Dr. Alfonso Ortega to Deliver Keynote Lecture at International Conference
Villanova University’s Dr. Alfonso Ortega, Associate Vice President for Research and Graduate Programs and James R. Birle Professor of Energy Technology, has been invited to deliver a keynote lecture at the 24th International Symposium on Transport Phenomena (ISTP-24) in November. According to the event website, the conference will provide “a forum for researchers, scientists and engineers from all over the world to exchange information, to present new information and to engage in discussion on the future directions and priorities in the areas of transport phenomena.” Transport phenomena includes the flow of fluid, heat and mass transfer, multiphase flow, micro and nano problems, thermal management of electric and electronic systems, energy conversion and saving technologies both on the ground and in space. Hosted by Tokyo University of Science, Yamaguchi, Japan, Dr. Ortega is the only symposium plenary speaker from the United States. He will address the topic of “Uncovering Fundamental Issues in Thermal Management Applications: A Closer Examination of Impinging Synthetic Jets and Droplet Sprays for Cooling Electronics.”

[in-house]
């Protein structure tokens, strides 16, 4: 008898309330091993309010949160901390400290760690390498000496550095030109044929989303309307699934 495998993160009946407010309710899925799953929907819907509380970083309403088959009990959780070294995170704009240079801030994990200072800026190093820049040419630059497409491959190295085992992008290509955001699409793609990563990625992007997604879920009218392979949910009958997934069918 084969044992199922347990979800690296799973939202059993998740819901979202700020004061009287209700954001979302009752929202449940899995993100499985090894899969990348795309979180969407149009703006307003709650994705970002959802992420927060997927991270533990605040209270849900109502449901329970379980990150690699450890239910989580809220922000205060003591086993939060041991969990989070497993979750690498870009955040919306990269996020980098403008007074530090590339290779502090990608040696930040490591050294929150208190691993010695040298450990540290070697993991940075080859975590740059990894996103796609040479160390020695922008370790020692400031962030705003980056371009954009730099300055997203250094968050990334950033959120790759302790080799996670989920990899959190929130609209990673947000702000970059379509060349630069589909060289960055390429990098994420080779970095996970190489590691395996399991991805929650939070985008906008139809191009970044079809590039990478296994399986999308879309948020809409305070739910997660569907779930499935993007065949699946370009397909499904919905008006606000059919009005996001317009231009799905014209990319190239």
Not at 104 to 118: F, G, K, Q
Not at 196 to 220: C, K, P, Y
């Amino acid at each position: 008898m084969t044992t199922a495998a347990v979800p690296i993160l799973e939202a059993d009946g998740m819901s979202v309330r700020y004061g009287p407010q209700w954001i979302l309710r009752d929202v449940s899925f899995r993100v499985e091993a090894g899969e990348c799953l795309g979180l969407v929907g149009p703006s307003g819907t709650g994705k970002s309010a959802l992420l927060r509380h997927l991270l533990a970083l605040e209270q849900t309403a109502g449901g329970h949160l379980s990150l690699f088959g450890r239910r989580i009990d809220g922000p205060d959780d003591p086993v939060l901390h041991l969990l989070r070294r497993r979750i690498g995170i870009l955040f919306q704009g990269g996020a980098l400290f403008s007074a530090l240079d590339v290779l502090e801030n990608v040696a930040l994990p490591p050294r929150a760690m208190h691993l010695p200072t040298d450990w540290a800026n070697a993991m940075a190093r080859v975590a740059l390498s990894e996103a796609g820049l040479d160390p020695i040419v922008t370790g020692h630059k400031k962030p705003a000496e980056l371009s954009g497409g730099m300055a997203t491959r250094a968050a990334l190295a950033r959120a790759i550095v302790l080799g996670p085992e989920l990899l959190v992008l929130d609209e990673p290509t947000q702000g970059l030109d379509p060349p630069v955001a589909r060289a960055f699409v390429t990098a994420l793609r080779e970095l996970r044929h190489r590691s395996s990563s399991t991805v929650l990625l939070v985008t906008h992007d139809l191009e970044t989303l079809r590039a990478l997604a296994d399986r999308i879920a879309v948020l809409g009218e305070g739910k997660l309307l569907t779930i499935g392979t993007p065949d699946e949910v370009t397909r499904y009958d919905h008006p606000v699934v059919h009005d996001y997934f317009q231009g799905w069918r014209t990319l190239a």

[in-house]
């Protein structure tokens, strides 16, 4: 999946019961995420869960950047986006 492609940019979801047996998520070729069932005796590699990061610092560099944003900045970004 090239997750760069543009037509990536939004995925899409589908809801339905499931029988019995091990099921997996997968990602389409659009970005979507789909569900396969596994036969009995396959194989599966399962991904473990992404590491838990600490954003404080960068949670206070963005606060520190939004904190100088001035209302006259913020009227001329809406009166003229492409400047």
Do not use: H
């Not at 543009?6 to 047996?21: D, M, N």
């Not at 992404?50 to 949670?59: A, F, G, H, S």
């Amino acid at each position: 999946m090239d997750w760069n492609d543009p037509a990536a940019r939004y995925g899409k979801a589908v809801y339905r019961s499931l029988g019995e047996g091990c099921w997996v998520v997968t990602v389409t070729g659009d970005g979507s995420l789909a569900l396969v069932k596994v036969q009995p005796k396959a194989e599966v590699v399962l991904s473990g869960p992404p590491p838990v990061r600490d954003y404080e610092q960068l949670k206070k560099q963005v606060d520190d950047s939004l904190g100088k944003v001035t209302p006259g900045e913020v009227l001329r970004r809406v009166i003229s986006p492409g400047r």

Dr. Ortega is director of Villanova’s Laboratory for Advanced Thermal and Fluid Systems, which he founded in 2005. In 2011, with a grant from the National Science Foundation (NSF), Villanova University and four other university partners established the Center for Energy Smart Electronic Systems (ES2), an NSF Industry/University Cooperative Research Center. Research is being conducted at each university site to develop methodologies for the efficient operation of electronic systems, including data centers, by controlling resources and managing workloads to achieve optimal energy consumption. With expertise in the science and design of thermal systems, Dr. Ortega’s primary areas of focus include thermal management in electronic systems, heat transfer in complex flows, experimental measurements in the thermal sciences and thermal management in energy systems.